Genre: Mixed Genre Anthology
Reviewer: David Jenkins
Have you read this book?
A variety of dark stories, some in a real life setting, some in sci-fi settings and everything in between. Tony Cooper is best known for his dark superhero thriller Powerless series which has a flavor of Marvel’s Civil War, but grittier and more grounded. The Resurrection Tree anthology is also dark and horrifying with its realism, yet the stories are quite different from each other in style and subject. There are too many great stories for me to comment on each one so I have focused on my favorites.
The Resurrection Tree is told in third person, but the focus on the naivety of the child Katy is what makes this story more heart-breaking. After an accident she uses the Resurrection Tree to bring back her brother Daniel and rather than him being a zombie, a vampire, or some other possessed/undead creature, he’s seemingly normal. What follows is the family’s realistic struggle to come to terms with Daniel’s resurrection across time. This is the true horror as you can slowly see the build-up of tension with the Dad and worry what will happen. Tony catches Katy’s voice perfectly throughout the ages with her naivety, her fear, and guilt.
The Chaos Police obviously takes its queue from The Minority Report, but it’s different by focusing on how unintended actions and behaviors can cause problems. Nanny State to the extreme is another way to look at it. This story focuses on the apprehension of a ‘criminal’ and proving that he is a menace to society and by focusing on this style whilst we only get glimpses of personality from the characters we learn about the system. Any accident can be analyzed via social media and CCTV, amongst other technology, to see if there was an indirect cause like the woman on video chat who kept a tired but driver up late then his tiredness caused him to crash hours later. Whilst you could condemn the woman in this scenario which is horrifying in itself as she was unwitting, there are other types of people who are apprehended. Disorganized, people who rush about places, shout at others etc., people who we have all behaved like at some time. The effects of their actions are shown which is scary in itself. But what is terrifying is that you could believe technology could be used this way. Even though it’s sci-fi this is another realistic horror.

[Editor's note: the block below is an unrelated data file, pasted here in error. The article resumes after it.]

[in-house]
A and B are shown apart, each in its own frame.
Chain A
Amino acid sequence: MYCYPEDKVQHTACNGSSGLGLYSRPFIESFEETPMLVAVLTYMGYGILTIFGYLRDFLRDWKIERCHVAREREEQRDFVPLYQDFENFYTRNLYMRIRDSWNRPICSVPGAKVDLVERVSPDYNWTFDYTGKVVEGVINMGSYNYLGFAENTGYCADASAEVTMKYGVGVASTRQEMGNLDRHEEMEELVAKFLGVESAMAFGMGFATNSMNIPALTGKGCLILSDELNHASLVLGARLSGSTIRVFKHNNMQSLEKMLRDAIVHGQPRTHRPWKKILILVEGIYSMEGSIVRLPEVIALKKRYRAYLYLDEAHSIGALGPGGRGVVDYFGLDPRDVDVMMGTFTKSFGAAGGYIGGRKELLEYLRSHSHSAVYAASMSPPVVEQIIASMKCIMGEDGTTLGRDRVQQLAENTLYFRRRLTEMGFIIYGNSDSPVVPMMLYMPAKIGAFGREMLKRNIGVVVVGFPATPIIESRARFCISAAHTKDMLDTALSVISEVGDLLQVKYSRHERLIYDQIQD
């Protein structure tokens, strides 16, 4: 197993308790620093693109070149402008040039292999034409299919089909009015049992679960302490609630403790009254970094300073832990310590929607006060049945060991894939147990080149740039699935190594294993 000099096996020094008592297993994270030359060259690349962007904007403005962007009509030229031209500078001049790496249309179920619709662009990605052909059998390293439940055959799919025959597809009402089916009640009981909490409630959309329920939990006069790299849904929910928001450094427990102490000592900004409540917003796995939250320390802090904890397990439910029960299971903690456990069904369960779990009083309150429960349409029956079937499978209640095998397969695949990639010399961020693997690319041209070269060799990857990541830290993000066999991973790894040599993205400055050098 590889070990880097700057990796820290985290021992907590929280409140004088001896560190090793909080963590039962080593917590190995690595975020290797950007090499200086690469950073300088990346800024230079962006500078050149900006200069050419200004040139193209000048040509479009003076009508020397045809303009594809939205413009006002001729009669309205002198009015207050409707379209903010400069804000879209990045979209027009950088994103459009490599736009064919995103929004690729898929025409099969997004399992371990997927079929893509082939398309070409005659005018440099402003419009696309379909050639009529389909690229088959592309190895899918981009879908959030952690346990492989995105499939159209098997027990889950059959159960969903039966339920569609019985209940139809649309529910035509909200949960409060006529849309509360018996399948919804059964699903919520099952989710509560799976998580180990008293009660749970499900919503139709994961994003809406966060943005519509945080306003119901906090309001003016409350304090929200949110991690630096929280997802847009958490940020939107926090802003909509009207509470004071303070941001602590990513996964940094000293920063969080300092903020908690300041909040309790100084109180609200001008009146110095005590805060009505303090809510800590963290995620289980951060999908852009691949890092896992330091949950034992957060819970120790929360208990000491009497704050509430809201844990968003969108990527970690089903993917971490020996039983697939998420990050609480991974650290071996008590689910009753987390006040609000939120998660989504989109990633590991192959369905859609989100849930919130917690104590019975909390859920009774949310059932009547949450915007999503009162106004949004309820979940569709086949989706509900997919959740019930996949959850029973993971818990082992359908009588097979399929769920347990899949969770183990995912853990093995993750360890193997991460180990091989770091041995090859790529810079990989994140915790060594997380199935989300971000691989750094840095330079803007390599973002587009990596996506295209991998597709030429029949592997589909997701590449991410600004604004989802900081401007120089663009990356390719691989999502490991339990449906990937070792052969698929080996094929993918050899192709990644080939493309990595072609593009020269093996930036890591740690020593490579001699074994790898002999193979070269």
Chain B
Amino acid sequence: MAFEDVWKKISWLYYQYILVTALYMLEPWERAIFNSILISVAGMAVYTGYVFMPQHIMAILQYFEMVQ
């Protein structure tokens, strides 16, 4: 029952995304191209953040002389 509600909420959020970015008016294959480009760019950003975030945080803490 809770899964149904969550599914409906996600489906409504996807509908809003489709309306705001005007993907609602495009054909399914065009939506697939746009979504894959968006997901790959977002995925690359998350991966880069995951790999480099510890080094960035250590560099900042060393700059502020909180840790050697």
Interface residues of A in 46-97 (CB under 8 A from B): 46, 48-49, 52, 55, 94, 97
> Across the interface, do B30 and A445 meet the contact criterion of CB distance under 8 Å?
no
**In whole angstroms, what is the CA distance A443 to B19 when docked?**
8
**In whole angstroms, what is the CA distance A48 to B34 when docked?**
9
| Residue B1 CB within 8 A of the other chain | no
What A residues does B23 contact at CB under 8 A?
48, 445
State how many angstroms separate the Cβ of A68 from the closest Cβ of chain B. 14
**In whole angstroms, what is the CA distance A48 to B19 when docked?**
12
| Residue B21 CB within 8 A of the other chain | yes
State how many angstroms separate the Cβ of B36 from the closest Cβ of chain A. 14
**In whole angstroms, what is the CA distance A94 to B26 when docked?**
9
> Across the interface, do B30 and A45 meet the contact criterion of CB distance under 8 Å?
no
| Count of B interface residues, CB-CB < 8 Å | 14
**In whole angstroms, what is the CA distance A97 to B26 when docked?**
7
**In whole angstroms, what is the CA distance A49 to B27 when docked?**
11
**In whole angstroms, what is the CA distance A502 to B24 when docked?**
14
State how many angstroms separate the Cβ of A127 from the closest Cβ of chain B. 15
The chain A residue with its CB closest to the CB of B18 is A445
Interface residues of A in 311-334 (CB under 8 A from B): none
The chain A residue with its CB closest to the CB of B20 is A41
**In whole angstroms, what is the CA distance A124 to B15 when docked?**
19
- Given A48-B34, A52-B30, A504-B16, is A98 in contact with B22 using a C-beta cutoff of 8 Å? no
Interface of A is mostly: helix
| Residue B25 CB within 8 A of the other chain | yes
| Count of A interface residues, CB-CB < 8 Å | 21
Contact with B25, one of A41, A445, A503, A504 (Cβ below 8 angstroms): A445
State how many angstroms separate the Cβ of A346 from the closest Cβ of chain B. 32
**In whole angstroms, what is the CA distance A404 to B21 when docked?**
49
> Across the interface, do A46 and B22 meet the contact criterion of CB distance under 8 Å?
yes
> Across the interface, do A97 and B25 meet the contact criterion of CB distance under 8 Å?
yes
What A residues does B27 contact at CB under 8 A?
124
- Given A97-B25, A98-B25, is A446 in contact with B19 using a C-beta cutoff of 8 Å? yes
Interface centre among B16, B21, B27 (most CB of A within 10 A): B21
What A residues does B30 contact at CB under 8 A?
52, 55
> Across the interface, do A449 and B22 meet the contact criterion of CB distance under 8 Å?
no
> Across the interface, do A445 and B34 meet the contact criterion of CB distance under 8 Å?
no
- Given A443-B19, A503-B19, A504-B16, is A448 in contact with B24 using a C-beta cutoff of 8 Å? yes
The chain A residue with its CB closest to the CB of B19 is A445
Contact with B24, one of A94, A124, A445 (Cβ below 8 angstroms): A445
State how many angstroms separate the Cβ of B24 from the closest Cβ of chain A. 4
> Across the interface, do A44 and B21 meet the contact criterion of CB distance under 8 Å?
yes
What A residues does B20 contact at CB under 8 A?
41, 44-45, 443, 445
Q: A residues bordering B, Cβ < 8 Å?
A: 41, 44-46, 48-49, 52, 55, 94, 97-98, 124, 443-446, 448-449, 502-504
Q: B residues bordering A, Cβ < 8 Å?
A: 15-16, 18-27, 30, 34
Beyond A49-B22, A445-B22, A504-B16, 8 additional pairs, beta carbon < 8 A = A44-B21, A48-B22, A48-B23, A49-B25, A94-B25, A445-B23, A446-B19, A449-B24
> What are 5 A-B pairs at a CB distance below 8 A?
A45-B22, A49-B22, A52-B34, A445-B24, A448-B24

From the start of Seaview Hotel you can tell something is amiss, the mannerisms and dialogue of the tourists is wrong. The focus on appearance of the younger tourists and hotel staff compared to the rest of the group hints at vampirism, then there’s a mention of feeding and you know what’s coming. Or do you? A pact is made and whatever the plan is it’s well-structured then it happens. More mysterious than the other stories but not short on description, a different tale to the rest of anthology that I liked.
The Last Villain is interesting in that you can side with the narrator even though those of you who read comics will suspect that he is going to turn evil. He reminds me of Dr. Octopus in this respect. The passage of time is what makes this story all the more tragic and scary with every setback for the disgruntled scientist your sympathy goes out to him. Of course he turns out the bad guy and the last scene is great as it flips our view of him completely on its head. Like with The Resurrection Tree and several stories in this collection you can see the mistakes of the main character but would you do any different? One final point on this story, even though it’s more science-based than the rest, it has just the right amount of scientific jargon to seem like a possibility but not put off readers.
Overall, this is a varied and unpredictable short story collection although all the stories are dark, they have different settings and styles. However, they are all grounded in realism, whether it’s in the characters or the situation and that makes this collection all the more terrifying.Share